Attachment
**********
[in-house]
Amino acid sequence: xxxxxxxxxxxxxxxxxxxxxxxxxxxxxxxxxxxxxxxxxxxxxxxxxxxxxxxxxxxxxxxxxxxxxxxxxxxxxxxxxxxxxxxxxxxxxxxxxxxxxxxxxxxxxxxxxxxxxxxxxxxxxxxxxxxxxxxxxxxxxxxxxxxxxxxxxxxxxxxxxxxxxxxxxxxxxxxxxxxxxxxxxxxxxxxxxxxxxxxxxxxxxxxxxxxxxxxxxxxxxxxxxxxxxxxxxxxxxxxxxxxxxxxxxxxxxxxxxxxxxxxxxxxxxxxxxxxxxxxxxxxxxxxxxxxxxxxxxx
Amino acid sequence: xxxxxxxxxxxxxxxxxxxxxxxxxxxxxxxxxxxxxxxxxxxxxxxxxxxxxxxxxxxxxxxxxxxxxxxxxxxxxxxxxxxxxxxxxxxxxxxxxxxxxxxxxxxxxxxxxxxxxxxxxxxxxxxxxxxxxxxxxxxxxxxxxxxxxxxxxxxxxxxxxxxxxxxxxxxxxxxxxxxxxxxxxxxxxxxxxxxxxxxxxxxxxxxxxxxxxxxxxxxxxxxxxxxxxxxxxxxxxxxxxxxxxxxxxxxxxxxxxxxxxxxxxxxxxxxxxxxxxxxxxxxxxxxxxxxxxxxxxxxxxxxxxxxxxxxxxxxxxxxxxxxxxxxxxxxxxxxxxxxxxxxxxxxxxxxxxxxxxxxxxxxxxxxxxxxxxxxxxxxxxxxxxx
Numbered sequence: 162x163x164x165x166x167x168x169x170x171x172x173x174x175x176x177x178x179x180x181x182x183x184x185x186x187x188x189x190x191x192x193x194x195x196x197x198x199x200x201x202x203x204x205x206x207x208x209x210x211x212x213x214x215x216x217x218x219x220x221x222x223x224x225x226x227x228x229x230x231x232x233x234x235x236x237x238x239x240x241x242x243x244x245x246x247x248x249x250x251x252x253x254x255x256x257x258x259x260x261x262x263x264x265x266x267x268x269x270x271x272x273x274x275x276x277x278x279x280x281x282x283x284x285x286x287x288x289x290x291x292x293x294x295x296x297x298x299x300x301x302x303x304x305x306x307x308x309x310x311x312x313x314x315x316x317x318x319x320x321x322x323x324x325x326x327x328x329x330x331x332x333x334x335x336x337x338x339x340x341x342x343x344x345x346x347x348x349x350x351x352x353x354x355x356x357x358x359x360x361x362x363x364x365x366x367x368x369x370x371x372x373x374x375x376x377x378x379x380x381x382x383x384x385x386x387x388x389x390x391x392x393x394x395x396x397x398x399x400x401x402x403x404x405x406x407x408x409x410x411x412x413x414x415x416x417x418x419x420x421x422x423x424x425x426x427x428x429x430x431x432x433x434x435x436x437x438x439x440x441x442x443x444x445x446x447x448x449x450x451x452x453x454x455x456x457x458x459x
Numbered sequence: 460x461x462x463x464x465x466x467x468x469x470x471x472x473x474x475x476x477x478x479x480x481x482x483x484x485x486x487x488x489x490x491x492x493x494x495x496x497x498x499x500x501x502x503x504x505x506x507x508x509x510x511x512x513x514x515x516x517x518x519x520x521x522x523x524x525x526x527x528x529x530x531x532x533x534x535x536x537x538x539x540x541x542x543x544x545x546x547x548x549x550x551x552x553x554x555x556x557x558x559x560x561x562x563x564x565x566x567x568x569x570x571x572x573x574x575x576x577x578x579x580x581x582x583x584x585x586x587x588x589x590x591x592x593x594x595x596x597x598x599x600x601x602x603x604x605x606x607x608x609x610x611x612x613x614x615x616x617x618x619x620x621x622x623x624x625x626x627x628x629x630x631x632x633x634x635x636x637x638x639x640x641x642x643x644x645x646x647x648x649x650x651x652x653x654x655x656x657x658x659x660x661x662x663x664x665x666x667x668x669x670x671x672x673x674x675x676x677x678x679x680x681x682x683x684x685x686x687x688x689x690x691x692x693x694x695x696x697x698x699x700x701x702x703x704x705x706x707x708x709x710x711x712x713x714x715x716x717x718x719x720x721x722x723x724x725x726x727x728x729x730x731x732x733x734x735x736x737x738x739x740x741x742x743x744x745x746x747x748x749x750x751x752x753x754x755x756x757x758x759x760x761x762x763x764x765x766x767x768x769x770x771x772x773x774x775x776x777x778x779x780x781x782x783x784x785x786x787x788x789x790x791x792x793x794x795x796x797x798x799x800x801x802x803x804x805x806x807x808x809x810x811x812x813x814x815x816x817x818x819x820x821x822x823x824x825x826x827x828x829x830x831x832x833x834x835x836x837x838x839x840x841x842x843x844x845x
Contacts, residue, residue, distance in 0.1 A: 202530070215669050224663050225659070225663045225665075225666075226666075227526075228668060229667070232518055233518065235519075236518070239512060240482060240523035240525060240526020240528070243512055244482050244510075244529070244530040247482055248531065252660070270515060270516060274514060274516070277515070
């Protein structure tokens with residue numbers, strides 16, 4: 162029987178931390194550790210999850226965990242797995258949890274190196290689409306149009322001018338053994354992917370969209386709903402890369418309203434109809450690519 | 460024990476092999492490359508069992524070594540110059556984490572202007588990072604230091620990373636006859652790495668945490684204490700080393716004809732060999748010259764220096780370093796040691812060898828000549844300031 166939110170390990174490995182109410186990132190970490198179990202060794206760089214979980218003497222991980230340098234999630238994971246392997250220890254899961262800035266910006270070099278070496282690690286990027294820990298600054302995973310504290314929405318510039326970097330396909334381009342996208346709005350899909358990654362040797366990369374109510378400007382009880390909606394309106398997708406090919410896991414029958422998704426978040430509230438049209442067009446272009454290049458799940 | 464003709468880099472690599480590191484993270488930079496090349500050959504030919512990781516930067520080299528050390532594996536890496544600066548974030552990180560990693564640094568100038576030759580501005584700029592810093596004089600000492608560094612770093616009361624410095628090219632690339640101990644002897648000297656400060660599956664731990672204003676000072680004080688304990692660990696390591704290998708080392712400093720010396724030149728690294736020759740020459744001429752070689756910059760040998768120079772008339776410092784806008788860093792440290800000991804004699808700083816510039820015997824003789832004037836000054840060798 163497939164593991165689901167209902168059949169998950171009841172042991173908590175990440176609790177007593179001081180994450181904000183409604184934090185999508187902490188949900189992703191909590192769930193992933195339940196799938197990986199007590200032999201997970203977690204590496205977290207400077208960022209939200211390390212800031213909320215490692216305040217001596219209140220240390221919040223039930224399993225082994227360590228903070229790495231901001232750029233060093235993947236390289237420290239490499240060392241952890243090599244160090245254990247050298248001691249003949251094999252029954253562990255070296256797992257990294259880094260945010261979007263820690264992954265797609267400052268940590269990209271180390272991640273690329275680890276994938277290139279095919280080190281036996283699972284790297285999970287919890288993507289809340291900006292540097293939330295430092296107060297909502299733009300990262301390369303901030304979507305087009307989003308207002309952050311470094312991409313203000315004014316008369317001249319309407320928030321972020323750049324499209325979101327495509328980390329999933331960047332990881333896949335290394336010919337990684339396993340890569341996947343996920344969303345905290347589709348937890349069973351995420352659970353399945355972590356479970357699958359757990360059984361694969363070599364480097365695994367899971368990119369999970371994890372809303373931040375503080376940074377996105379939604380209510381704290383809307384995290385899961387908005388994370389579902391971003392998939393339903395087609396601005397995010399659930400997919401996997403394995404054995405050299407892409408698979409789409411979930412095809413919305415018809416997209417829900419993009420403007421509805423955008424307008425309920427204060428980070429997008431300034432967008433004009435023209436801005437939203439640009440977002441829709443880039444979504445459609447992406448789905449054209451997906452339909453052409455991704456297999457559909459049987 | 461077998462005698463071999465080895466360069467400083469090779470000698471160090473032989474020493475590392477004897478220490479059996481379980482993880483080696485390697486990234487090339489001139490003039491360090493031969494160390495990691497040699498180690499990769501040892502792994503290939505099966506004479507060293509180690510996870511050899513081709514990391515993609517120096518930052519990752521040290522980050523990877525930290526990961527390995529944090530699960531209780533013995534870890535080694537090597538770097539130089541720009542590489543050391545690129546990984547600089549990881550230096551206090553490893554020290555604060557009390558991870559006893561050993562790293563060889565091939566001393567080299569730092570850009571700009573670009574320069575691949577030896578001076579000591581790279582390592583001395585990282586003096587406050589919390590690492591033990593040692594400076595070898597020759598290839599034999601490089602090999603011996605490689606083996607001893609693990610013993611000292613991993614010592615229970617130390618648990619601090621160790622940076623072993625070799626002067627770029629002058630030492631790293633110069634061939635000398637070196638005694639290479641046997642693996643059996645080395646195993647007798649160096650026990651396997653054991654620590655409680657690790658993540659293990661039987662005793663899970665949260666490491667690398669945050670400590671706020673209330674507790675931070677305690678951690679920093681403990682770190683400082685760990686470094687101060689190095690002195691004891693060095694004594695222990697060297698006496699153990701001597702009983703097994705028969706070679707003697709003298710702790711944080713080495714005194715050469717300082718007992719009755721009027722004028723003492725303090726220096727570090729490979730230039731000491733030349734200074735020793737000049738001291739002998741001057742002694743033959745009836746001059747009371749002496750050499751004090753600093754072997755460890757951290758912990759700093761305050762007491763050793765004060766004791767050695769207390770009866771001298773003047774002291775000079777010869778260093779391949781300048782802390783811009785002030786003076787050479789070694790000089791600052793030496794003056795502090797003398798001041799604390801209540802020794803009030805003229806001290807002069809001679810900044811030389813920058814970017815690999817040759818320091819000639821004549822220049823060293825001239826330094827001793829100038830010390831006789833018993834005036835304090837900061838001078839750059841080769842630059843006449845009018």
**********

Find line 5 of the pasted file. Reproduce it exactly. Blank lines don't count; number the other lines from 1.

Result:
Numbered sequence: 460x461x462x463x464x465x466x467x468x469x470x471x472x473x474x475x476x477x478x479x480x481x482x483x484x485x486x487x488x489x490x491x492x493x494x495x496x497x498x499x500x501x502x503x504x505x506x507x508x509x510x511x512x513x514x515x516x517x518x519x520x521x522x523x524x525x526x527x528x529x530x531x532x533x534x535x536x537x538x539x540x541x542x543x544x545x546x547x548x549x550x551x552x553x554x555x556x557x558x559x560x561x562x563x564x565x566x567x568x569x570x571x572x573x574x575x576x577x578x579x580x581x582x583x584x585x586x587x588x589x590x591x592x593x594x595x596x597x598x599x600x601x602x603x604x605x606x607x608x609x610x611x612x613x614x615x616x617x618x619x620x621x622x623x624x625x626x627x628x629x630x631x632x633x634x635x636x637x638x639x640x641x642x643x644x645x646x647x648x649x650x651x652x653x654x655x656x657x658x659x660x661x662x663x664x665x666x667x668x669x670x671x672x673x674x675x676x677x678x679x680x681x682x683x684x685x686x687x688x689x690x691x692x693x694x695x696x697x698x699x700x701x702x703x704x705x706x707x708x709x710x711x712x713x714x715x716x717x718x719x720x721x722x723x724x725x726x727x728x729x730x731x732x733x734x735x736x737x738x739x740x741x742x743x744x745x746x747x748x749x750x751x752x753x754x755x756x757x758x759x760x761x762x763x764x765x766x767x768x769x770x771x772x773x774x775x776x777x778x779x780x781x782x783x784x785x786x787x788x789x790x791x792x793x794x795x796x797x798x799x800x801x802x803x804x805x806x807x808x809x810x811x812x813x814x815x816x817x818x819x820x821x822x823x824x825x826x827x828x829x830x831x832x833x834x835x836x837x838x839x840x841x842x843x844x845x